Beth Goder
Author and Archivist

New Story, "When All the Clocks Are Wrong"

What would happen if time travel existed, but you couldn’t control when it happened? If your life was interrupted by jumps that pushed you forward or backward in time by hours, or even just minutes? What would you do, and would anyone believe you if you tried to explain? That’s the premise of my newest story, “When All the Clocks Are Wrong,”, which is now up at Escape Pod.


Before she reaches the theater, Jen feels a familiar frisson, disorienting, dizzying. When the red lights of the marquee blink 12:45 a.m., Jen isn’t surprised. The clock thing is happening again. She left her house with enough time to meet Ash outside, buy a ticket, grab a soda. But now, it’s 12:45 a.m. One hour later than it should be.

All her life, time has disappeared like this.

Read or listen to the rest here.

“When All the Clocks Are Wrong” started out life as a 750-word flash fiction story for a contest held by the Codex Writers Group. I had the bones of the story in those few pages–brief scenes following the life of a woman who gets thrown around in time. While rewriting, I added a bunch of stuff to the middle, like several birdwatching trips (which are more exciting than they sound, I promise) and an expansion of family relationships, but the beginning and ending scenes stayed very similar to what I originally wrote in that 750-word version.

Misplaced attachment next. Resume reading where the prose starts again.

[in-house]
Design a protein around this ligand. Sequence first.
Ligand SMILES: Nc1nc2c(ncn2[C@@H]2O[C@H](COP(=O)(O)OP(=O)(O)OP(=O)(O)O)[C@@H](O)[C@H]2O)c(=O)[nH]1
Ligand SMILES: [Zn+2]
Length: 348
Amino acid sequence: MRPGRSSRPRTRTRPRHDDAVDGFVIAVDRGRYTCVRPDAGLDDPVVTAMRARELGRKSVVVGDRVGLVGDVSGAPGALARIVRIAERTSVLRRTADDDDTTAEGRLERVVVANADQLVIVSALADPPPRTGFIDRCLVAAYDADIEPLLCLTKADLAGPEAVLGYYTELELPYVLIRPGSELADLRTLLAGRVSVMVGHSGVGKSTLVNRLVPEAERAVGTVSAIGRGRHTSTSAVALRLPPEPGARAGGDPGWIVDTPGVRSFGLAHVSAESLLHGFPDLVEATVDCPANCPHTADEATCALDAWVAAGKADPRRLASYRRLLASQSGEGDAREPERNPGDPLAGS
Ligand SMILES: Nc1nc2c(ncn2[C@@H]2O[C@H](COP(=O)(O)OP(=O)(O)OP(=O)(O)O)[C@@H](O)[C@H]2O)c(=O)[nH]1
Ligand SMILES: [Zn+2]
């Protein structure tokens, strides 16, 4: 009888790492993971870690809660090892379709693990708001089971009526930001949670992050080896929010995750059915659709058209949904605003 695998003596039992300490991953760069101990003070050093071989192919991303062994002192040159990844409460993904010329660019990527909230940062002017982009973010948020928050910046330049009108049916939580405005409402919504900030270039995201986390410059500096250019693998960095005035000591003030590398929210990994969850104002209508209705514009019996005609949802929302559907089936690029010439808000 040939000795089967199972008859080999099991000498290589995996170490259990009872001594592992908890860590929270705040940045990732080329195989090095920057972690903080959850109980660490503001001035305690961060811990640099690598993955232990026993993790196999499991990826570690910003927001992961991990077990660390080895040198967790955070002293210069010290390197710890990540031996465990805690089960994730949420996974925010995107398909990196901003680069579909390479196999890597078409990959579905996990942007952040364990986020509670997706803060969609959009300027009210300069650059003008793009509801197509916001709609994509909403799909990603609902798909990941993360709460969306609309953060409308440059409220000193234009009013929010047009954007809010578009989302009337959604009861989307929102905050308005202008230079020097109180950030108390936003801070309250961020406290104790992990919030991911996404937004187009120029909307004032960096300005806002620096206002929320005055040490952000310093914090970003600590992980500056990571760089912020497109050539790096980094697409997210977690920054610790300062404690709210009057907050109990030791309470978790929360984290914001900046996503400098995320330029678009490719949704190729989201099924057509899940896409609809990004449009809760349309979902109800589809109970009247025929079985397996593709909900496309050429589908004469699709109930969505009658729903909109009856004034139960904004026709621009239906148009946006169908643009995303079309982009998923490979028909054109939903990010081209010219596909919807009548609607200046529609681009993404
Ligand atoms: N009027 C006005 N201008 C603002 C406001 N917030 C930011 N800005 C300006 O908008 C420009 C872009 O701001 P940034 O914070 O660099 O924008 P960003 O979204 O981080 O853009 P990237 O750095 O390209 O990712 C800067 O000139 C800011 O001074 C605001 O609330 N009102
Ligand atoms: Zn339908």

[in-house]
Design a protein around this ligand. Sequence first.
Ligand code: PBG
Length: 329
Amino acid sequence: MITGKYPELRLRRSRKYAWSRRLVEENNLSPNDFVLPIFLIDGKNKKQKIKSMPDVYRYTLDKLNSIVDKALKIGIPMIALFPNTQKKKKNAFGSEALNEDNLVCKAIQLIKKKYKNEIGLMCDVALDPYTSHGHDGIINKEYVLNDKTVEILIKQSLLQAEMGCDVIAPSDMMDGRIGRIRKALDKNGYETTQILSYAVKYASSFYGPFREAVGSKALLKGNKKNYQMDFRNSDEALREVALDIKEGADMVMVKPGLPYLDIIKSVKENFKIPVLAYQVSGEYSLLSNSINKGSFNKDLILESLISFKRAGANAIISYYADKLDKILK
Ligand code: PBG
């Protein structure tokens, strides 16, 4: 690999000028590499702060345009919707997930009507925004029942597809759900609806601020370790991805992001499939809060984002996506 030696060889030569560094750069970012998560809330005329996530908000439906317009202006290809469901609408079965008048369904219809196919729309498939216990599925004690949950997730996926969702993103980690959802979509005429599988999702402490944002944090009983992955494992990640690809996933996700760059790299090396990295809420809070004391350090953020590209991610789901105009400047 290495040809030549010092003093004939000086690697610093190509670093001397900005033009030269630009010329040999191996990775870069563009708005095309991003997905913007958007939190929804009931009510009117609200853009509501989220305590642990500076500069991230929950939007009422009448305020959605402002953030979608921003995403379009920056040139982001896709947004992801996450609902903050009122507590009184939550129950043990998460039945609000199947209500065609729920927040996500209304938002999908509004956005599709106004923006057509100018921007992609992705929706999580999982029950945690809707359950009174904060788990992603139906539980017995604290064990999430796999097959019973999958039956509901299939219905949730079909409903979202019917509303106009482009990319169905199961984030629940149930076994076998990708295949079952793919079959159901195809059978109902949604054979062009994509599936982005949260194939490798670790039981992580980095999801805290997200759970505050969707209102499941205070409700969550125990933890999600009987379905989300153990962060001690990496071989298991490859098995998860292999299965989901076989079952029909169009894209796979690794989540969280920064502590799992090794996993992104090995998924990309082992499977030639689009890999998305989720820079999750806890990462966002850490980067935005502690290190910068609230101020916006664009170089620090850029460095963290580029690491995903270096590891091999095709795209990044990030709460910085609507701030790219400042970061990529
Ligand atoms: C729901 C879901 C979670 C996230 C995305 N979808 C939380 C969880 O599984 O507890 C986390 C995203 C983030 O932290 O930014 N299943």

I wanted to take a look at how small changes in life can have big effects (see also: chaos theory, where it’s hard to predict how starting conditions can affect changes over time.)

When I think about my own life, it’s easy to pick out times when I made big decisions, like where to go to college, but the outcomes of those decisions were often surprising. I couldn’t have predicted who I’d meet at college, but those relationships certainly changed my life.

And even little decisions had big effects. In my freshman year, I got a late registration slot. By the time I signed up for classes, all the interesting English classes were full. I went through the catalog looking for electives, and signed up for the first classes that looked interesting, two anthropology courses. (Yes, I started at the beginning of the catalog.) I liked those classes so much that I decided to do a double major in English and anthropology.

It can be hard to know what decisions will have a big effect. That’s something I wanted to think about in “When All the Clocks Are Wrong.”

The story itself covers quite a bit in time, going through scenes in Jen’s life. I hoped the jolt of jumping ahead in the story would mirror Jen’s own disorientation when she travels through time.